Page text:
Police May Take DNA Sample without Warrant after Arrest, Supreme Court Rules in Unusual Split Decision

Wednesday, June 05, 2013

In a decision (pdf) that saw a conservative justice vote with his liberal colleagues, and a liberal side with conservatives, the U.S. Supreme Court ruled this week that police—without a warrant—can legally obtain DNA samples from people arrested in connection with serious crimes.

 

Five members of the high court concluded that it’s okay for law enforcement to conduct DNA tests—for purposes of identifying the suspect in custody. The rationale was surprising, because the argument for DNA testing by police has centered on finding those responsible for unsolved crimes.

 

Nevertheless, three of the court’s conservative judges—Chief Justice John Roberts and Justices Clarence Thomas and Samuel A. Alito Jr.—joined with liberal justice Stephen Breyer and swing-vote Anthony Kennedy to uphold the conviction of a Maryland man who was charged with rape after his DNA was collected following his arrest for a different crime.

 

The 2003 rape case had gone unsolved, and it wasn’t until Alonzo King Jr. was arrested in 2009—for assault with a shotgun—that he was identified as the rapist after police took a swab of his DNA and tested it. King’s conviction was subsequently set aside by the Maryland Court of Appeals, which determined that the swab taken from King’s inner cheek constituted an unreasonable search, in violation of the Fourth Amendment of the U.S. Constitution.

 

“When officers make an arrest supported by probable cause to hold for a serious offense and they bring the suspect to the station to be detained in custody,” Kennedy wrote for the majority, “taking and analyzing a cheek swab of the arrestee’s DNA is, like fingerprinting and photographing, a legitimate police booking procedure that is reasonable under the Fourth Amendment.”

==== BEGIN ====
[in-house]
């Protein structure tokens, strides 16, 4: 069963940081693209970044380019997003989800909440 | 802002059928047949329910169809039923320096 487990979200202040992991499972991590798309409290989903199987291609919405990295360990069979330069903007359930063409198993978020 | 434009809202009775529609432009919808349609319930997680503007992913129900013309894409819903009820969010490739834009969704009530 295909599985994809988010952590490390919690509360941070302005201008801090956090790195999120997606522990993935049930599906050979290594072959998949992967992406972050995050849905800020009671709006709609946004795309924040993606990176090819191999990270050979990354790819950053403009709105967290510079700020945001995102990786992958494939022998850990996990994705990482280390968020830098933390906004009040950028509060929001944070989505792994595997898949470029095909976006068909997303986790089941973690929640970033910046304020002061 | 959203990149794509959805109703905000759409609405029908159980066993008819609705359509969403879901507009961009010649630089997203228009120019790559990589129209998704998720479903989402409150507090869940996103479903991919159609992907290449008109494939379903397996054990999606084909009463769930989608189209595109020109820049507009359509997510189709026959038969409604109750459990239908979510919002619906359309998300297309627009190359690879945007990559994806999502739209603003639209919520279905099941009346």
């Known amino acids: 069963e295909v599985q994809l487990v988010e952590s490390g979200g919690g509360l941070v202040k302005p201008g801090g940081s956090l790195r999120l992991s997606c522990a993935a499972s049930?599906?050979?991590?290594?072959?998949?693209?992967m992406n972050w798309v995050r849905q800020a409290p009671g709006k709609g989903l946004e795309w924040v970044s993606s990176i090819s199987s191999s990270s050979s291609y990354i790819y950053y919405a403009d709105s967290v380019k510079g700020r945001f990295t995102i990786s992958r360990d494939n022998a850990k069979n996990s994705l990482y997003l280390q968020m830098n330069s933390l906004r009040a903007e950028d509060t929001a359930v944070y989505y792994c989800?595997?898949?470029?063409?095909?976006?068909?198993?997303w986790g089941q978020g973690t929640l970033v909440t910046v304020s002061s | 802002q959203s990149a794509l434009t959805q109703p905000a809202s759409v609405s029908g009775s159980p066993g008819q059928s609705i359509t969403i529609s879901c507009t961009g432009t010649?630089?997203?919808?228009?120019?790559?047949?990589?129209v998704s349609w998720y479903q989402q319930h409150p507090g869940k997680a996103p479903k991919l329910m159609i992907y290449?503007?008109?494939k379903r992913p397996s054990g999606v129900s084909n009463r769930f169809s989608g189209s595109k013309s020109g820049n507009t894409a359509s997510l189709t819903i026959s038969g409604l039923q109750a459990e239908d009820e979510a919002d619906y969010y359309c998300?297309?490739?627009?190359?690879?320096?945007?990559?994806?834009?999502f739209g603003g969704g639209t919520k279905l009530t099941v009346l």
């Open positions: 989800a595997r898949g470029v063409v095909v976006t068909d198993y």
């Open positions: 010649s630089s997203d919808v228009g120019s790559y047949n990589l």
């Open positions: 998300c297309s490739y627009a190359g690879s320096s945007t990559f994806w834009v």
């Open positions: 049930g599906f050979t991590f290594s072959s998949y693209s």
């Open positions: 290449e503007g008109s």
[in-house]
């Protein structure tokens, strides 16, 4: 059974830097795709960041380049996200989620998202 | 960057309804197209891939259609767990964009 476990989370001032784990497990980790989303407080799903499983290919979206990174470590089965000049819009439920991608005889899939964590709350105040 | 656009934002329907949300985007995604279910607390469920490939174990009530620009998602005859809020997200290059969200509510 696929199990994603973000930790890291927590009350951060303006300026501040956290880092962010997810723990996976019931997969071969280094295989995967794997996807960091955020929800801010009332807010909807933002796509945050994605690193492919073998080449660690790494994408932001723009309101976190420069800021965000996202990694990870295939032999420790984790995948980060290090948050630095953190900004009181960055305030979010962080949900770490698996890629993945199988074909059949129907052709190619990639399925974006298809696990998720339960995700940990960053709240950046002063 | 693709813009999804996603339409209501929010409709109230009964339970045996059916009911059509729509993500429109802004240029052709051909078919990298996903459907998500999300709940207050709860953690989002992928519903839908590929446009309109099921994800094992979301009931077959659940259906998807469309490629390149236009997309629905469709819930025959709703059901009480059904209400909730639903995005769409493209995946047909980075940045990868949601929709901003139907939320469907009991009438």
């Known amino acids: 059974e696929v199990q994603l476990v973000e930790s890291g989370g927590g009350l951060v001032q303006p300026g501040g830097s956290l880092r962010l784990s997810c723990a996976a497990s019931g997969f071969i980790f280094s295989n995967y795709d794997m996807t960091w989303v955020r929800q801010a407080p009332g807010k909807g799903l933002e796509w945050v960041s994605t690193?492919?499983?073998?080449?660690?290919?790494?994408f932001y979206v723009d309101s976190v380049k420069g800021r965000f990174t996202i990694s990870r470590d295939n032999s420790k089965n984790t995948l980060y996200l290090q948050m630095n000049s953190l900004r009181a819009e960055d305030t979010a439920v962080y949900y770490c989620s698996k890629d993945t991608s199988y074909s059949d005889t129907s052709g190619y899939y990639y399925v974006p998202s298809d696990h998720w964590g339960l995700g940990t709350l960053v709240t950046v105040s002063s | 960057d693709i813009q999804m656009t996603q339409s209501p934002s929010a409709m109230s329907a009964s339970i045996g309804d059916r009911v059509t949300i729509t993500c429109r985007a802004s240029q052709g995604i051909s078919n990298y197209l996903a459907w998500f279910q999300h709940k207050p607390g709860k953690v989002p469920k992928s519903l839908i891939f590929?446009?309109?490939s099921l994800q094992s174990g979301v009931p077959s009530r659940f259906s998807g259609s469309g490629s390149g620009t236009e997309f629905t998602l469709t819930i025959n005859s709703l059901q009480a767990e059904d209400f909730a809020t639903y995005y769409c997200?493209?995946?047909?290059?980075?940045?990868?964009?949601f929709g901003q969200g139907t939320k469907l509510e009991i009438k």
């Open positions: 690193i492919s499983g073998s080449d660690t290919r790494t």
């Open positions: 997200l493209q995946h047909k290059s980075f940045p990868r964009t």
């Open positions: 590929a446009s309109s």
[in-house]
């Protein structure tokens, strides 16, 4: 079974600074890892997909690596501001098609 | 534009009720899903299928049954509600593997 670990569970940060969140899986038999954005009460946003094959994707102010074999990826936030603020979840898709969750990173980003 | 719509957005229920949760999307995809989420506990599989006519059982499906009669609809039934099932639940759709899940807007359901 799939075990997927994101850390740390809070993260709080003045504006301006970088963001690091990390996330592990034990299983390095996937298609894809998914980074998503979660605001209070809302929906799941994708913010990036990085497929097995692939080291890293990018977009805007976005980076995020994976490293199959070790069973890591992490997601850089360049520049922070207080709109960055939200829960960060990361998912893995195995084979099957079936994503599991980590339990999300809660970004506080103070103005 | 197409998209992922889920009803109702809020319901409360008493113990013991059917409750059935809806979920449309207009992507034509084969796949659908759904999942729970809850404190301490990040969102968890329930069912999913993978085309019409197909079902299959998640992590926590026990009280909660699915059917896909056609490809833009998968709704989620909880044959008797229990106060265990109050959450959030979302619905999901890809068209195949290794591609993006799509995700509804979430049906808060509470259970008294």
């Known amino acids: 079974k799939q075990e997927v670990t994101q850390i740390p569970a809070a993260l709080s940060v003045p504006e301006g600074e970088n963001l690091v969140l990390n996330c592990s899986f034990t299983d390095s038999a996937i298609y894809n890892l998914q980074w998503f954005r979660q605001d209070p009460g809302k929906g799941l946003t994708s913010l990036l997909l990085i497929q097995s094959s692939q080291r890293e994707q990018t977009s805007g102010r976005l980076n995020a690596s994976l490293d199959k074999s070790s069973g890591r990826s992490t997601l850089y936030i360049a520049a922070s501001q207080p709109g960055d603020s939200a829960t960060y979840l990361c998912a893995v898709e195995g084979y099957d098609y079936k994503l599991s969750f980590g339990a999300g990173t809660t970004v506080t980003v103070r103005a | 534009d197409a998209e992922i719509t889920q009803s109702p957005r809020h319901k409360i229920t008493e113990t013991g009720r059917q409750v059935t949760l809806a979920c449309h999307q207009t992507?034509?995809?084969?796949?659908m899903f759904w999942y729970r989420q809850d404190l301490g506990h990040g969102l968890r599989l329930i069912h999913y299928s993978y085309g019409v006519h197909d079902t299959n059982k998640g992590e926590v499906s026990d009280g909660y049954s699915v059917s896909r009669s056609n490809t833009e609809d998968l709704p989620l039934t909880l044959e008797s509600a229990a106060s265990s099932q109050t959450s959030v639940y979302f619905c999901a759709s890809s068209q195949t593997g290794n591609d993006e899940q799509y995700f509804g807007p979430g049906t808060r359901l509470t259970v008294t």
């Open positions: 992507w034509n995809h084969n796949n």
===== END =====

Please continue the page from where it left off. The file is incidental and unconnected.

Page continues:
But Justice Antonin Scalia, who ordinarily sides with Roberts, Thomas and Alito, joined with the court’s liberal wing to vote in the minority. A staunch believer in the Fourth Amendment, which protects against unlawful search and seizures, Scalia accused the majority of taxing “the credulity of the credulous” by justifying DNA testing on grounds of use to identify suspects.

 

Scalia supported this by noting that it wasn’t until several days following King’s arrest—long after he had been identified—that his DNA was tested, and months before the sample was matched to the rape evidence. Furthermore, he said, King’s DNA was not compared to a database for identification purposes, but to a cold case database whose DNA samples lacked identification.

 

“Make no mistake about it,” wrote Scalia in his dissent. “As an entirely predictable consequence of today's decision, your DNA can be taken and entered into a national DNA database if you are ever arrested, rightly or wrongly, and for whatever reason. Today's judgment will, to be sure, have the beneficial effect of solving more crimes; then again, so would the taking of DNA samples from anyone who flies on an airplane… applies for a driver's license, or attends a public school.”

 

"Solving unsolved crimes is a noble objective,” he added, “but it occupies a lower place in the American pantheon of noble objectives than the protection of our people from suspicionless law-enforcement searches. The Fourth Amendment must prevail.”

 

Scalia was joined by Justices Ruth Bader Ginsburg, Sonia Sotomayor and Elena Kagan in his dissent.

 

The federal government, along with 28 states, has laws that permit DNA sampling and testing of arrestees.

-Danny Biederman, Noel Brinkerhoff

 

To Learn More:

Supreme Court Backs Maryland's Controversial DNA Collection Law (Courthouse News Service)

Justices Allow DNA Collection after an Arrest (by Adam Liptak, New York Times)

Supreme Court Upholds Maryland Law, Says Police May Take DNA Samples from Arrestees (by Robert Barnes, Washington Post)

Supreme Court OKs Taking DNA from Arrestees (by David Kravets, Wired)

Court Ruling: Maryland v. King (U.S. Supreme Court) (pdf)

Lawsuit Tries to Keep Uncharged and Unconvicted Arrestees out of DNA Database (by Ken Broder, AllGov)              

Maryland Law Enforcement in Limbo as State High Court Rules DNA Sampling of Suspects is Prohibited (by Noel Brinkerhoff, AllGov)        

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